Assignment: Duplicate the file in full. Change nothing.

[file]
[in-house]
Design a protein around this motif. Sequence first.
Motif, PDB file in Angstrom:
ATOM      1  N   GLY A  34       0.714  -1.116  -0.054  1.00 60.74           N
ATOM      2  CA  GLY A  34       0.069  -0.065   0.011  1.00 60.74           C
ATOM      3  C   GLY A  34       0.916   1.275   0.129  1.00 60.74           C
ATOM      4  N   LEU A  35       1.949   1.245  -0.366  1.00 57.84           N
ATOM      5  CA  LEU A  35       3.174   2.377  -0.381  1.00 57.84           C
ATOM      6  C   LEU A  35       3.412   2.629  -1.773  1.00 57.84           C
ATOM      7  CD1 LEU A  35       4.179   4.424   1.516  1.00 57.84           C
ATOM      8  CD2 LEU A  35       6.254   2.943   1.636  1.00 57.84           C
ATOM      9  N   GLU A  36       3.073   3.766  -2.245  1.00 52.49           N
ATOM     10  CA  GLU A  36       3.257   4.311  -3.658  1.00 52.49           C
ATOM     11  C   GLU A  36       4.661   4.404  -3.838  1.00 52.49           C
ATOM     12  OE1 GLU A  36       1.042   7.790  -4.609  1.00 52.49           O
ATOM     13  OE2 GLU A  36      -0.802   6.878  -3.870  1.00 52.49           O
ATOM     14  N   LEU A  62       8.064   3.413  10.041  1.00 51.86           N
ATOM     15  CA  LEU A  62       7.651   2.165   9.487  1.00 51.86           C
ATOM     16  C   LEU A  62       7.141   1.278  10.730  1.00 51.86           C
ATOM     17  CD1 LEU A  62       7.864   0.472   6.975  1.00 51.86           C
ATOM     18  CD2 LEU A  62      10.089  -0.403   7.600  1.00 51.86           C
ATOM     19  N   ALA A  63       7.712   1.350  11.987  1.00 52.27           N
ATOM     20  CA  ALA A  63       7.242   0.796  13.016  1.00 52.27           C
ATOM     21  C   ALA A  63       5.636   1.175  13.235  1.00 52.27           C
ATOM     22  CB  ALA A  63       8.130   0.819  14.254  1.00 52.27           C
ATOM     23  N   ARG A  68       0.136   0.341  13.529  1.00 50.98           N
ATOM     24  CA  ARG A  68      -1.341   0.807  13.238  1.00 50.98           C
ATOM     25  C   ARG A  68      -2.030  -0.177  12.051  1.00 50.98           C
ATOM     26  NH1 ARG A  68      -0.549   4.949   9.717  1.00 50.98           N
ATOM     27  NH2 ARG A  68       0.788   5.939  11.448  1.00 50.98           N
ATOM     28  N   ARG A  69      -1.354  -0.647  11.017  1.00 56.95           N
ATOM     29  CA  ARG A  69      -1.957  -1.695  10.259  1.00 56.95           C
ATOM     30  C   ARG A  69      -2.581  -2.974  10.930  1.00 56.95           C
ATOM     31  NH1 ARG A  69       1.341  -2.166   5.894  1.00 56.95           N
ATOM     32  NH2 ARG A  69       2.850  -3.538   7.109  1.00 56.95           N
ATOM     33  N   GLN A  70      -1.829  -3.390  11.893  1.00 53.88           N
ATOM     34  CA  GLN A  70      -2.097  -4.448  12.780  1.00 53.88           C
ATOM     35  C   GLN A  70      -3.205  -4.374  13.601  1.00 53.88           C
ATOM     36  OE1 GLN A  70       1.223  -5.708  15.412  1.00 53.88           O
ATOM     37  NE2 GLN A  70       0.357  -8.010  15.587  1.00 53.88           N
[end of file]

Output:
[in-house]
Design a protein around this motif. Sequence first.
Motif, PDB file in Angstrom:
ATOM      1  N   GLY A  34       0.714  -1.116  -0.054  1.00 60.74           N
ATOM      2  CA  GLY A  34       0.069  -0.065   0.011  1.00 60.74           C
ATOM      3  C   GLY A  34       0.916   1.275   0.129  1.00 60.74           C
ATOM      4  N   LEU A  35       1.949   1.245  -0.366  1.00 57.84           N
ATOM      5  CA  LEU A  35       3.174   2.377  -0.381  1.00 57.84           C
ATOM      6  C   LEU A  35       3.412   2.629  -1.773  1.00 57.84           C
ATOM      7  CD1 LEU A  35       4.179   4.424   1.516  1.00 57.84           C
ATOM      8  CD2 LEU A  35       6.254   2.943   1.636  1.00 57.84           C
ATOM      9  N   GLU A  36       3.073   3.766  -2.245  1.00 52.49           N
ATOM     10  CA  GLU A  36       3.257   4.311  -3.658  1.00 52.49           C
ATOM     11  C   GLU A  36       4.661   4.404  -3.838  1.00 52.49           C
ATOM     12  OE1 GLU A  36       1.042   7.790  -4.609  1.00 52.49           O
ATOM     13  OE2 GLU A  36      -0.802   6.878  -3.870  1.00 52.49           O
ATOM     14  N   LEU A  62       8.064   3.413  10.041  1.00 51.86           N
ATOM     15  CA  LEU A  62       7.651   2.165   9.487  1.00 51.86           C
ATOM     16  C   LEU A  62       7.141   1.278  10.730  1.00 51.86           C
ATOM     17  CD1 LEU A  62       7.864   0.472   6.975  1.00 51.86           C
ATOM     18  CD2 LEU A  62      10.089  -0.403   7.600  1.00 51.86           C
ATOM     19  N   ALA A  63       7.712   1.350  11.987  1.00 52.27           N
ATOM     20  CA  ALA A  63       7.242   0.796  13.016  1.00 52.27           C
ATOM     21  C   ALA A  63       5.636   1.175  13.235  1.00 52.27           C
ATOM     22  CB  ALA A  63       8.130   0.819  14.254  1.00 52.27           C
ATOM     23  N   ARG A  68       0.136   0.341  13.529  1.00 50.98           N
ATOM     24  CA  ARG A  68      -1.341   0.807  13.238  1.00 50.98           C
ATOM     25  C   ARG A  68      -2.030  -0.177  12.051  1.00 50.98           C
ATOM     26  NH1 ARG A  68      -0.549   4.949   9.717  1.00 50.98           N
ATOM     27  NH2 ARG A  68       0.788   5.939  11.448  1.00 50.98           N
ATOM     28  N   ARG A  69      -1.354  -0.647  11.017  1.00 56.95           N
ATOM     29  CA  ARG A  69      -1.957  -1.695  10.259  1.00 56.95           C
ATOM     30  C   ARG A  69      -2.581  -2.974  10.930  1.00 56.95           C
ATOM     31  NH1 ARG A  69       1.341  -2.166   5.894  1.00 56.95           N
ATOM     32  NH2 ARG A  69       2.850  -3.538   7.109  1.00 56.95           N
ATOM     33  N   GLN A  70      -1.829  -3.390  11.893  1.00 53.88           N
ATOM     34  CA  GLN A  70      -2.097  -4.448  12.780  1.00 53.88           C
ATOM     35  C   GLN A  70      -3.205  -4.374  13.601  1.00 53.88           C
ATOM     36  OE1 GLN A  70       1.223  -5.708  15.412  1.00 53.88           O
ATOM     37  NE2 GLN A  70       0.357  -8.010  15.587  1.00 53.88           N